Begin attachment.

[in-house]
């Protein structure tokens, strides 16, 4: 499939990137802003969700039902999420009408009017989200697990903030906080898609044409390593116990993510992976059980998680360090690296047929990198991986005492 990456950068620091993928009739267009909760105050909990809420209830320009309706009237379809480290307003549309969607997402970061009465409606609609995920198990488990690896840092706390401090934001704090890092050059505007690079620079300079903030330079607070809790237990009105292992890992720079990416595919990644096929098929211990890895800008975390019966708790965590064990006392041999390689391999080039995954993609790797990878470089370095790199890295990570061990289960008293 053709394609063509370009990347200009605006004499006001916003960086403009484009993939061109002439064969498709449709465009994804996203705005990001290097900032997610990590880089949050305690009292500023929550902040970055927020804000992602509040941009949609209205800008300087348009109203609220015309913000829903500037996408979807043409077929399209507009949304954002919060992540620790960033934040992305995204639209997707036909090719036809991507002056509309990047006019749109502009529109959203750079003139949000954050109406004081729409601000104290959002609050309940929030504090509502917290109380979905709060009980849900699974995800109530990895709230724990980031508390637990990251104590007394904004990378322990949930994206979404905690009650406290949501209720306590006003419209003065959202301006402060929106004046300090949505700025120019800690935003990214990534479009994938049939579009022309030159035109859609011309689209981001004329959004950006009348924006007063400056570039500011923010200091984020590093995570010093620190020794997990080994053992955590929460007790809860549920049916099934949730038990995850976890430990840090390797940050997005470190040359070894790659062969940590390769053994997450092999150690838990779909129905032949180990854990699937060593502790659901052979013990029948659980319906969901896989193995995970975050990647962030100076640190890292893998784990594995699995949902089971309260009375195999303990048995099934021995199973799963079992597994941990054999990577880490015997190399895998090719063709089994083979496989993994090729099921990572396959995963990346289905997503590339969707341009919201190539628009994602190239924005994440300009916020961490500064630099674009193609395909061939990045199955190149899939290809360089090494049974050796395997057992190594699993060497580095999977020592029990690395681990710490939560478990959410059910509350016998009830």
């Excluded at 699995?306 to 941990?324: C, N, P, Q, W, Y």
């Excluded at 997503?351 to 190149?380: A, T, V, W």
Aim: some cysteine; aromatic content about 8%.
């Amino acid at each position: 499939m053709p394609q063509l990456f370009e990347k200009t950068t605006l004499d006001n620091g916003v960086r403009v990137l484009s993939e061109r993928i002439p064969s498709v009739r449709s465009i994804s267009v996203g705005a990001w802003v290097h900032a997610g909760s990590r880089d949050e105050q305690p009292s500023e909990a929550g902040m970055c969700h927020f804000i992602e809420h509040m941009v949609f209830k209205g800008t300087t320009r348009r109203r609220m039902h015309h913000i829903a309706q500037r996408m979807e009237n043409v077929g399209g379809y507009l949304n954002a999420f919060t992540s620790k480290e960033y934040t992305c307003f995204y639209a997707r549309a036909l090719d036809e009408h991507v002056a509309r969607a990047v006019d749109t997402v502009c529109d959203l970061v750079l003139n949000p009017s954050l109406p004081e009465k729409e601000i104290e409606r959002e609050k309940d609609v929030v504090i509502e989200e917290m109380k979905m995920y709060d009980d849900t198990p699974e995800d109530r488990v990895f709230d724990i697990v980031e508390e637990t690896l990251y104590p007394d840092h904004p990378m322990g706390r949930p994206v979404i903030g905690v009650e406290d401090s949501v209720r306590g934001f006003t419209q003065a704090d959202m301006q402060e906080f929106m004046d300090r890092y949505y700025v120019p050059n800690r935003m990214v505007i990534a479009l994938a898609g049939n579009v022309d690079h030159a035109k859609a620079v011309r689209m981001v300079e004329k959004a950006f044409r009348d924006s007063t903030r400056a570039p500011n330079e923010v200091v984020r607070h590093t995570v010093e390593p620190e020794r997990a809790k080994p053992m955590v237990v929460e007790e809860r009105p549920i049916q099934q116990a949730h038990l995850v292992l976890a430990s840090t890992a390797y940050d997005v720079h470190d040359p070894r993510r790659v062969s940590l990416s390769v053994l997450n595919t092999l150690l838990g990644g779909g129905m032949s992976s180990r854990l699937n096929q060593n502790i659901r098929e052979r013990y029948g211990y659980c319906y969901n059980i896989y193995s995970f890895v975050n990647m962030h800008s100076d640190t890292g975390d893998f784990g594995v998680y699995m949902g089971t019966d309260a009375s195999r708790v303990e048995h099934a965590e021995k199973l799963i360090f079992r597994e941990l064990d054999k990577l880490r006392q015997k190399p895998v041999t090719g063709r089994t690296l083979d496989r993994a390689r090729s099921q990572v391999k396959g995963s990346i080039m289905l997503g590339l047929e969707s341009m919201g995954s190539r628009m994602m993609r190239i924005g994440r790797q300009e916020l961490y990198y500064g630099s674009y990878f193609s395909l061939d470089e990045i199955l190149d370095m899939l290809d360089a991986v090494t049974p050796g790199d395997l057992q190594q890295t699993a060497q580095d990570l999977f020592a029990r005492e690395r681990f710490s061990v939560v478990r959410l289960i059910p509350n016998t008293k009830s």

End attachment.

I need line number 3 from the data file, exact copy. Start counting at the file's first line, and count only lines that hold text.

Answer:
């Excluded at 699995?306 to 941990?324: C, N, P, Q, W, Y």